Tax-free internet shopping to end next October
GST will go on internet shopping purchases from overseas from October next year, the Government has confirmed.
Announcing details of the new regime, Revenue Minister Stuart Nash said large foreign companies would be required to levy GST on all goods they shipped to New Zealanders valued at $1000 or less.
Nash said the move was conservatively expected to raise $112 million annually within three years, on the assumption that by then about three-quarters of goods people bought online would be from suppliers that complied.
The new rules will change the situation under which most goods valued at less than $400 including shipping can be bought from overseas websites tax-free. Lower tax-free thresholds currently apply to goods that attract duty.
Customs will remain responsible for collecting GST and duty on goods worth more than $1000, from consumers.
Only foreign companies that sell less than $60,000 worth of goods to New Zealanders over a 12-month period will be exempted from having to comply with the new regime, and GST won't be payable on items bought from them.
Nash said that was in keeping with the fact that local firms with an annual turnover of less than $60,000 also don't have to charge GST.
Australia became the first country to require foreign firms to collect GST on physical items they shipped direct to consumers from overseas in July.
Nash believed that compliance by foreign firms there was less than 50 per cent, but he said it was early days and all the major marketplaces and companies had "signed up".
The New Zealand Government's decision to follow suit with Australia follows pressure from Kiwi retailers which have argued they have had to compete on an uneven playing field.
Nash said he did not believe the tax change would have a major impact on New Zealanders shopping online "but it is about understanding the reality of the 21st century marketplace."
There were about 26,000 small retail businesses in New Zealand that employed more than 62,000 people, he said.
"Many are in competition with foreign firms which sell exactly the same product into our market without collecting GST.
"With the steady growth in online shopping from offshore suppliers, a significant amount of tax revenue is being lost. Mostly though, it's a matter of fairness so the sooner we get this in place the better," he said.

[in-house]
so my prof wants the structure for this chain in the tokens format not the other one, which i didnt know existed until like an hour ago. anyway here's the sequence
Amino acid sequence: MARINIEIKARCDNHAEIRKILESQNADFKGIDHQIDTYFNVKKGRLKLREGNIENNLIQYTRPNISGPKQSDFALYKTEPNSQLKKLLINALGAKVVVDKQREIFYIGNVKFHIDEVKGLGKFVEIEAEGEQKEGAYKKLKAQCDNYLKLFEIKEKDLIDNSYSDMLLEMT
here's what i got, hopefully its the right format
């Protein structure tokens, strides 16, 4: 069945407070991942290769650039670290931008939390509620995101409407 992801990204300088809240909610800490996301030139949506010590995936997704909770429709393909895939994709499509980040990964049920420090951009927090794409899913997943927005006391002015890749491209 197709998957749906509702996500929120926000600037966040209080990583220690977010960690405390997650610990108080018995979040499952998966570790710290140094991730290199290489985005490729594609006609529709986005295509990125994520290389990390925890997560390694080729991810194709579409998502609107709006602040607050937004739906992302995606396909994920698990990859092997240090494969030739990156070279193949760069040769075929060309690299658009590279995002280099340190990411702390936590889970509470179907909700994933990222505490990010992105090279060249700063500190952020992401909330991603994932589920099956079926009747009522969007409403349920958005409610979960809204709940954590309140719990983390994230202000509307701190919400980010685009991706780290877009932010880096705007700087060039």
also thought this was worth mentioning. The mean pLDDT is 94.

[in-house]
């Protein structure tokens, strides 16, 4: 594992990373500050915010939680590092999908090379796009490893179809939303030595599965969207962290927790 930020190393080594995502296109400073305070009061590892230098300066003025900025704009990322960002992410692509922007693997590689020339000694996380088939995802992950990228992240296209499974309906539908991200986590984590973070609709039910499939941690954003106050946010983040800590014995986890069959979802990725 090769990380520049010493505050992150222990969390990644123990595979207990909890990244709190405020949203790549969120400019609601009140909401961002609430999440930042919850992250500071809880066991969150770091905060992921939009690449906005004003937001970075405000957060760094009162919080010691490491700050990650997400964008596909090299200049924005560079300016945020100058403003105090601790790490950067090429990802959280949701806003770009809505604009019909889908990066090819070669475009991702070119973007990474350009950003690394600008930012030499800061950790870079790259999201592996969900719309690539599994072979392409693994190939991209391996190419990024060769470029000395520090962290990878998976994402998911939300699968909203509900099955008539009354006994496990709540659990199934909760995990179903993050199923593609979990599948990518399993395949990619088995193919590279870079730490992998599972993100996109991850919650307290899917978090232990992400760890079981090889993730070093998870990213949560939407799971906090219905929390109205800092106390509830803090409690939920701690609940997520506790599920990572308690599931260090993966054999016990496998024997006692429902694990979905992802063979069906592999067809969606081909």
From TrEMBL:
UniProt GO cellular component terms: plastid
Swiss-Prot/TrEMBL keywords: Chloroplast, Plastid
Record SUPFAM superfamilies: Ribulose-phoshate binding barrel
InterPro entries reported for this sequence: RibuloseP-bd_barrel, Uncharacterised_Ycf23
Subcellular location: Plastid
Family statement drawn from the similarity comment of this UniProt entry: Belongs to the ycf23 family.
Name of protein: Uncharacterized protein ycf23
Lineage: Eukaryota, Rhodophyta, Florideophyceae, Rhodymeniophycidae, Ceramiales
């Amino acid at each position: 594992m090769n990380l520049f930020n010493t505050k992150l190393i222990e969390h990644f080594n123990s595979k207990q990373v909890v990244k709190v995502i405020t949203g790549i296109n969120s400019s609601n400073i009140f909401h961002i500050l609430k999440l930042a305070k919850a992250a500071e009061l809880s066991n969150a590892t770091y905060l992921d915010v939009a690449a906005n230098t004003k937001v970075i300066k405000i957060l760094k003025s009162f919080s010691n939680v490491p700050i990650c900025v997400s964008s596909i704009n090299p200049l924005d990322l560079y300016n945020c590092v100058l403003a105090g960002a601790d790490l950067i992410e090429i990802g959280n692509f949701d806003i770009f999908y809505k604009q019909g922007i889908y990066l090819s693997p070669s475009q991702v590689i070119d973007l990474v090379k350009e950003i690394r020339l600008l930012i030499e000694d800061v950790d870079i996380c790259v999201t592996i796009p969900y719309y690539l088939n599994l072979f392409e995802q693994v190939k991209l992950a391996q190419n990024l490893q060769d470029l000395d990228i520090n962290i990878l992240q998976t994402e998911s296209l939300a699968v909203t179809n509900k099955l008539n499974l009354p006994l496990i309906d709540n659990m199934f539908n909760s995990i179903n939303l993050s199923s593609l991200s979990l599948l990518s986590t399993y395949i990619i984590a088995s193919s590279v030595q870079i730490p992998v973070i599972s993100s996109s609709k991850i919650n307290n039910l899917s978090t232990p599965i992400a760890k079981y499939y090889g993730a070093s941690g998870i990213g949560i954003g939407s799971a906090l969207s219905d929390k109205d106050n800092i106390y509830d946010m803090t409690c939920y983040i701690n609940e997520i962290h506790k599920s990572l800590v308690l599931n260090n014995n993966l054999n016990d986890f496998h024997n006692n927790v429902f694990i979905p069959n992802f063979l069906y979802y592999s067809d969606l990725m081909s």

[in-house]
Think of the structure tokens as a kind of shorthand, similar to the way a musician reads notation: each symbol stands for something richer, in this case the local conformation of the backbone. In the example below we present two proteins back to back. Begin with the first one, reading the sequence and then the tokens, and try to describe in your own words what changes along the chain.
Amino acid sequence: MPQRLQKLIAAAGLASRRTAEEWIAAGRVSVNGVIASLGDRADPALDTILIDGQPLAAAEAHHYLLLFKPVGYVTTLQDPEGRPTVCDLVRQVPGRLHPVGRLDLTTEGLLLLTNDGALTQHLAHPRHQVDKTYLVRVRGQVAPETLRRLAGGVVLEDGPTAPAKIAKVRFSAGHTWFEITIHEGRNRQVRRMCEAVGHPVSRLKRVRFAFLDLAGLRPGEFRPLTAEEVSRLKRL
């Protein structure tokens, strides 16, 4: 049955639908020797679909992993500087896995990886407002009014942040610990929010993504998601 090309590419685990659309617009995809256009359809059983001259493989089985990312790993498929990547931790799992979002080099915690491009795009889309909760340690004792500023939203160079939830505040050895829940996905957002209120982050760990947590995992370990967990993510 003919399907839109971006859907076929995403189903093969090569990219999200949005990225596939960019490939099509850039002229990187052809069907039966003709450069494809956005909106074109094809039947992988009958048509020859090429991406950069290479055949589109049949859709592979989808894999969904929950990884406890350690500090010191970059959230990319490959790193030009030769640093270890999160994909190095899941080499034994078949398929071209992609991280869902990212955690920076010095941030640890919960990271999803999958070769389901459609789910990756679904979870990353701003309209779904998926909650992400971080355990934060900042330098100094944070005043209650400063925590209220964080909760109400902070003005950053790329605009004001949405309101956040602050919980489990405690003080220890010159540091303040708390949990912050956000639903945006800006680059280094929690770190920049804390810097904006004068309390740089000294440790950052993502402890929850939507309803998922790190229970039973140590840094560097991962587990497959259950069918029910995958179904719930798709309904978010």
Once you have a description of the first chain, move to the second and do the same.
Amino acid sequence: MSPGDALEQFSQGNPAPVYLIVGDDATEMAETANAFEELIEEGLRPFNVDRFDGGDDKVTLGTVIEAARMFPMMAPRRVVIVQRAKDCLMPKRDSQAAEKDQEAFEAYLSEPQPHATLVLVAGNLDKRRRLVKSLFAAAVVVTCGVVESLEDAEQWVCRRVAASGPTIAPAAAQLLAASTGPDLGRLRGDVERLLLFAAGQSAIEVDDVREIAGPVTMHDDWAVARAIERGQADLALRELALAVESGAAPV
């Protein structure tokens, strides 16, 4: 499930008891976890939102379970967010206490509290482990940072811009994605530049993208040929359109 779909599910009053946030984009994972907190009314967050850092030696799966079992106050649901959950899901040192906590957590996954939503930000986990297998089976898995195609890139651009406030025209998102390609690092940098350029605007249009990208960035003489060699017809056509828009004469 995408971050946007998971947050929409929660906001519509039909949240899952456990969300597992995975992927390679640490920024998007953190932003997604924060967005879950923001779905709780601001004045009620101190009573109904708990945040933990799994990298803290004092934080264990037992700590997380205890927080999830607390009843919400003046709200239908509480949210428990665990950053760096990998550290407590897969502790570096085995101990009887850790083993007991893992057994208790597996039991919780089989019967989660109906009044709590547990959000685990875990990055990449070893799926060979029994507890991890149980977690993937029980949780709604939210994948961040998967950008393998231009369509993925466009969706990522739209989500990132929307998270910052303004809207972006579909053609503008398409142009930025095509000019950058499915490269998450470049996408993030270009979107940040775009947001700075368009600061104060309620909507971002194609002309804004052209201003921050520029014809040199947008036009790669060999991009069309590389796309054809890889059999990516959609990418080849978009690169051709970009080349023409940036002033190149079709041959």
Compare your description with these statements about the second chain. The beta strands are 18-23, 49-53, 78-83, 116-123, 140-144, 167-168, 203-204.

There is a small silver-lining for consumers, with duty and biosecurity fees on imports worth between about $225 and $1000 being abolished.
That will make some imports valued at up to $1000 that still attract duty, such as clothes and shoes, up to about $150 cheaper. Nash said it would also remove hassles for people who might previously have had to go to the trouble of getting items worth less than $1000 released by Customs.
The new regime will also apply to online marketplaces, and Nash said Trade Me would have to comply by levying GST on items sold to New Zealanders by overseas traders through its platform.
"The concern if you didn't register Trade Me is that overseas suppliers would end up just putting their stuff up on Trade Me. The tax system has to be about fairness and integrity."
Nash said it would always be difficult to get to "100 per cent compliance" by overseas firms but Inland Revenue did have "ways and mean to enforce this".
"We will start off in a helpful mode, so if companies aren't complying will inform them."
If that "softly-softly consultation process" didn't work, it would take more steps, mainly taking advantage of the mechanisms provided for through the country's double tax agreements, he said.
Retail NZ spokesman Greg Harford said local retailers would still have to pay duty on many items that shoppers could avoid by buying direct from overseas.
"The Government's proposal does not deal with this issue. However, it is a significant step forward which will be welcomed by the New Zealand retail and wholesale sector," he said.
Deloitte tax expert Allan Bullot said the big change from an earlier proposal was that foreign sellers would be required to collect GST on goods valued between $400 and $1000 – not just those costing less than $400.
That means existing duty and border security fees on purchases between $400 and $1000 would be removed and also that the onus for collecting GST on items between $400 and $1000 will switch from Customs to overseas suppliers.
EY tax expert Paul Smith said it was a "savvy change" that could help the Government avoid a consumer backlash, but believed there was some risk it might backfire.
"The Government is banking on overseas suppliers to comply to raise revenue under these new rules.
"If they don't comply, it could be a disaster from a revenue collection perspective," he said.
HOW PRICES WILL CHANGE
$50 T-shirt bought online from overseas
Now: Costs $50
After: Will cost $57.50 with GST added by supplier
$300 jacket bought from overseas
Now: Costs $432.17, with duty, GST and border security fee paid by consumer
After: Will cost $345, with GST paid by supplier, but duty and border security fee abolished
$600 phone bought from overseas
Now: $742.67 with GST, duty and border control fee paid by consumer
After: Will cost $690, with GST paid by supplier, but duty and border security fee abolished
WHAT THE "AMAZON TAX' SHOULD RAISE